Are you fascinated by crime scenes and interested in helping people during their most vulnerable moments? Do you have a strong stomach and the ability to handle intense situations? If so, becoming a crime scene cleaner may be the perfect job for you. So you want to be a crime scene cleaner?
What is a Crime Scene Cleaner?
A crime scene cleaner, also known as a biohazard remediation technician, is a professional who specializes in cleaning and restoring the areas where crimes or traumatic incidents have taken place. This can include homicides, suicides, industrial accidents, and other events that involve the release of bodily fluids or hazardous materials.
What Does a Crime Scene Cleaner Do?
Crime scene cleaners are responsible for removing all traces of biological material from a crime scene, including blood, bodily fluids, and tissue. They also clean up any hazardous materials, such as chemicals or drug paraphernalia. This process is crucial in preventing the spread of diseases and ensuring the safety of others who may enter the scene.
Training and Certification
Becoming a crime scene cleaner requires specialized training and certification. Most employers will require you to have a high school diploma or GED, as well as relevant training in biohazard remediation and occupational health and safety. Some states also require crime scene cleaners to be licensed.
Physical and Emotional Demands
Crime scene cleaning can be physically and emotionally demanding. The job requires long hours of standing, bending, lifting heavy objects, and working in uncomfortable environments. Additionally, crime scene cleaners must have the emotional fortitude to handle traumatic situations and remain composed during difficult moments.
The demand for crime scene cleaners is expected to continue growing in the coming years due to an increase in violent crimes and other traumatic incidents. As a result, there will be plenty of job opportunities for those interested in this field.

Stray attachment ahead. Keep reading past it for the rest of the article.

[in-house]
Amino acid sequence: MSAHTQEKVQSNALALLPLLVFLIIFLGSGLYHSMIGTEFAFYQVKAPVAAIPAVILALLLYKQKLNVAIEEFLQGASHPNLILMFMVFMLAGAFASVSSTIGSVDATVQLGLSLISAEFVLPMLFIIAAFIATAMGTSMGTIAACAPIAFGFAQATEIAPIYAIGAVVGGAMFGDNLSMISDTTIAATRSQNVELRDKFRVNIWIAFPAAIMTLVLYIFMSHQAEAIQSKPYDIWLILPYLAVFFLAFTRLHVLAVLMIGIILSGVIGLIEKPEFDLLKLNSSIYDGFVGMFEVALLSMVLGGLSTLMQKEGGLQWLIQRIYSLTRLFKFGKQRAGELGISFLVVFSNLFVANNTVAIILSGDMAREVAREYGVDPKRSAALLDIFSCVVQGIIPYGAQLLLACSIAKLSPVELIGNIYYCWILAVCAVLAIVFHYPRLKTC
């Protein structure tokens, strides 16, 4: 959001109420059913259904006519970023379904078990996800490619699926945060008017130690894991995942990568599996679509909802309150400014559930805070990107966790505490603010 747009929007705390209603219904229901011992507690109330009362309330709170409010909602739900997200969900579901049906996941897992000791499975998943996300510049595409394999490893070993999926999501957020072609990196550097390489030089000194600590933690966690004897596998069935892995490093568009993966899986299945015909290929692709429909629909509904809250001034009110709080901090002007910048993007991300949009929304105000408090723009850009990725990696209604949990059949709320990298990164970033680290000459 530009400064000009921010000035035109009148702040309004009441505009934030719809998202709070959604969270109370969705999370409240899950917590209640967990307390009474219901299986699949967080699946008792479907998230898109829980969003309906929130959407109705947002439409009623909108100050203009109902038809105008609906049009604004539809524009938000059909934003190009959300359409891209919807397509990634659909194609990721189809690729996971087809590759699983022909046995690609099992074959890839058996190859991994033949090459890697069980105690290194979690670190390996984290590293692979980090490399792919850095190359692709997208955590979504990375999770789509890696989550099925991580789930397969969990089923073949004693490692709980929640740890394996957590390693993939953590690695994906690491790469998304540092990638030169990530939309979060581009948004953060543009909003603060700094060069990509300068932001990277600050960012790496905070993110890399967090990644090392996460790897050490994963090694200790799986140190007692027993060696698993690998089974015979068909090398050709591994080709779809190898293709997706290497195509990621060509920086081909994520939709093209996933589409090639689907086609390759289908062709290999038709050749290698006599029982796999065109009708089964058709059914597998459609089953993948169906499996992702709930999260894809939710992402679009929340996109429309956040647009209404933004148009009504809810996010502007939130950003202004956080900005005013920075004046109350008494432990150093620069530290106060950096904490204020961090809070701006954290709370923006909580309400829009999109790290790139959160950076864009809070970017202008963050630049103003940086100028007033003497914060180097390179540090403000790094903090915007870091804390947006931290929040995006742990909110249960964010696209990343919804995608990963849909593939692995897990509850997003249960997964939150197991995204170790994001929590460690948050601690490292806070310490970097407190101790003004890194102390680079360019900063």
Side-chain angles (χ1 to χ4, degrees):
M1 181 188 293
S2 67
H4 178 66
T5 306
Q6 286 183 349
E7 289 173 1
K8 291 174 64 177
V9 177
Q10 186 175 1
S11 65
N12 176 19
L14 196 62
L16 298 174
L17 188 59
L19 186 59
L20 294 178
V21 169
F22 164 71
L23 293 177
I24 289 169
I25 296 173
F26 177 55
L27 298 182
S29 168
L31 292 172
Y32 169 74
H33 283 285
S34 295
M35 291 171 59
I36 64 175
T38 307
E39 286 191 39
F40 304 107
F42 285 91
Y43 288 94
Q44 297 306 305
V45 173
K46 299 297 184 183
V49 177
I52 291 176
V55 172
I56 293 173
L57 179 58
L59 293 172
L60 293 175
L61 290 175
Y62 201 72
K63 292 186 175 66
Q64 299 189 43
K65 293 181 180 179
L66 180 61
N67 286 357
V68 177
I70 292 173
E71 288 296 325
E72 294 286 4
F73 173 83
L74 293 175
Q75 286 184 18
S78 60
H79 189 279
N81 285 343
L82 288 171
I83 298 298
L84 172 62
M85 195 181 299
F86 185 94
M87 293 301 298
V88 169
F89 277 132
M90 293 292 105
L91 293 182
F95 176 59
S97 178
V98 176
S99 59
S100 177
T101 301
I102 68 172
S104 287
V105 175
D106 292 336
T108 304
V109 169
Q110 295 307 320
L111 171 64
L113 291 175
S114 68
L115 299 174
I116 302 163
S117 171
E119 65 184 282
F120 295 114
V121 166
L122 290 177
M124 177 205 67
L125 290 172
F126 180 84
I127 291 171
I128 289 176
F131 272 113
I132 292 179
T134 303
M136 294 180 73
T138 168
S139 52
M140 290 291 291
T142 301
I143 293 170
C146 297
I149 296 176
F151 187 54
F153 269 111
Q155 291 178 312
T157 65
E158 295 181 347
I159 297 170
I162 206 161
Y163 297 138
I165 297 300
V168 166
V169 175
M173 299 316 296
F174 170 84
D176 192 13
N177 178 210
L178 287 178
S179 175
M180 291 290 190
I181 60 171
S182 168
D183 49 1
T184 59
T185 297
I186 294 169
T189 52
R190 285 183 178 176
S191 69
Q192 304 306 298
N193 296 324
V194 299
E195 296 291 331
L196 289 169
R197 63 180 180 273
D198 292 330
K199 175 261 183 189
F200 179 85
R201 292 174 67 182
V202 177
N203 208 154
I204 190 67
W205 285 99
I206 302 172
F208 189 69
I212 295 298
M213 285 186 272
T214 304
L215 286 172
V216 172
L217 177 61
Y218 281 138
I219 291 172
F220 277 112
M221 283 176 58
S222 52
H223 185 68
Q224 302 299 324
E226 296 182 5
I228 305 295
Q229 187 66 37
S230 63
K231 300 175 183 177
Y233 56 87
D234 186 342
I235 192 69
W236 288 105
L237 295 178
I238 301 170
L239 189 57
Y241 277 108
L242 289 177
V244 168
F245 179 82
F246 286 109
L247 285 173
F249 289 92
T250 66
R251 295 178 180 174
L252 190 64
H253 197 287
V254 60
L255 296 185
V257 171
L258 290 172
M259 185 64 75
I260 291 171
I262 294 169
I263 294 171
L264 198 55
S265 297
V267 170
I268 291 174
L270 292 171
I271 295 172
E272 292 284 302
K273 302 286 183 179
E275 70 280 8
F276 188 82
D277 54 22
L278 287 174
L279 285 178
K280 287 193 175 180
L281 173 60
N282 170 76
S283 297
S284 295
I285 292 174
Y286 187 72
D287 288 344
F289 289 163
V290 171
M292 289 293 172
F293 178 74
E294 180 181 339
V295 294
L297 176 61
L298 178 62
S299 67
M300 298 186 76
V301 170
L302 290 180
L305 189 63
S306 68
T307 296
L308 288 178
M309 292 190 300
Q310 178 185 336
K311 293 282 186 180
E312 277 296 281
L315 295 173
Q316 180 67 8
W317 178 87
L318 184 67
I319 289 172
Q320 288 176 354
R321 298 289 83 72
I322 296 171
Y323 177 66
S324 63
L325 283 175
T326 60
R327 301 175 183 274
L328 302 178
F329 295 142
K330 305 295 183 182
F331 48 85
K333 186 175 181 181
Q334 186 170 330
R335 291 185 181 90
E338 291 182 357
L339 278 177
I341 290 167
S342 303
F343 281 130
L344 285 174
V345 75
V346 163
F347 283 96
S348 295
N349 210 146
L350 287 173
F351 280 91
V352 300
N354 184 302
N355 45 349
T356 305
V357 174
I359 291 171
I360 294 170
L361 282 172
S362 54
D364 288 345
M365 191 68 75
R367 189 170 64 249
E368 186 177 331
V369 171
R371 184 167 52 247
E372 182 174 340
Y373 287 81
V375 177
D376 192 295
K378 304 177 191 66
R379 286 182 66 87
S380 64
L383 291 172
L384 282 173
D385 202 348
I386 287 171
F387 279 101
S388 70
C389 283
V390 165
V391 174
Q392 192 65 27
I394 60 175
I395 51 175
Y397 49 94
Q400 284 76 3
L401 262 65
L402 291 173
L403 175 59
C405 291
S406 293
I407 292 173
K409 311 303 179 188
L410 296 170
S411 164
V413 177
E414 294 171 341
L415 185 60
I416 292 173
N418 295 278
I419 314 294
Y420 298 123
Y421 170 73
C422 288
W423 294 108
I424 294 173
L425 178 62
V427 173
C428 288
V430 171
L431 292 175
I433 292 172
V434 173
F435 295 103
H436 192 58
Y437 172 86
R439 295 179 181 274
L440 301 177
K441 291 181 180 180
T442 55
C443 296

Becoming a crime scene cleaner is not an easy job, but it can be highly rewarding for those who have the necessary skills and qualities. It requires a unique combination of physical and emotional strength, attention to detail, and compassion for others. If you are interested in pursuing this career path, make sure to research the training and certification requirements in your area and be prepared for the challenges ahead. So, are you ready to take on this unique and important role in society? Keep reading our articles for more information on how to become a crime scene cleaner. Your journey starts here.
No matter what path you choose, always remember the importance of safety and professionalism in this line of work. Crime scene cleaning is not just about cleaning up a mess, it’s about providing closure and peace of mind to those affected by these traumatic events. So, if you have what it takes, don’t hesitate to pursue this fulfilling career. Keep learning, stay safe, and make a difference in your community as a crime scene cleaner. The world needs more dedicated and compassionate individuals like you. Happy cleaning!
Dealing with human decomposition
When a call comes in for an unattended death, you have to be mentally ready for this event! inexperienced help will only slow you down as they are about to puke their guts out. So when dealing with human decomposition, you must always wear the proper PPE and be prepared for the worst. Undiscovered death scenes smell horrible. Dealing with flies and maggots while you’re cleaning is totally disgusting. It days days to get the odor of an unattended death out of a house, business, or automobile. If you don’t know what you’re doing, I suggest you hire a professional that does!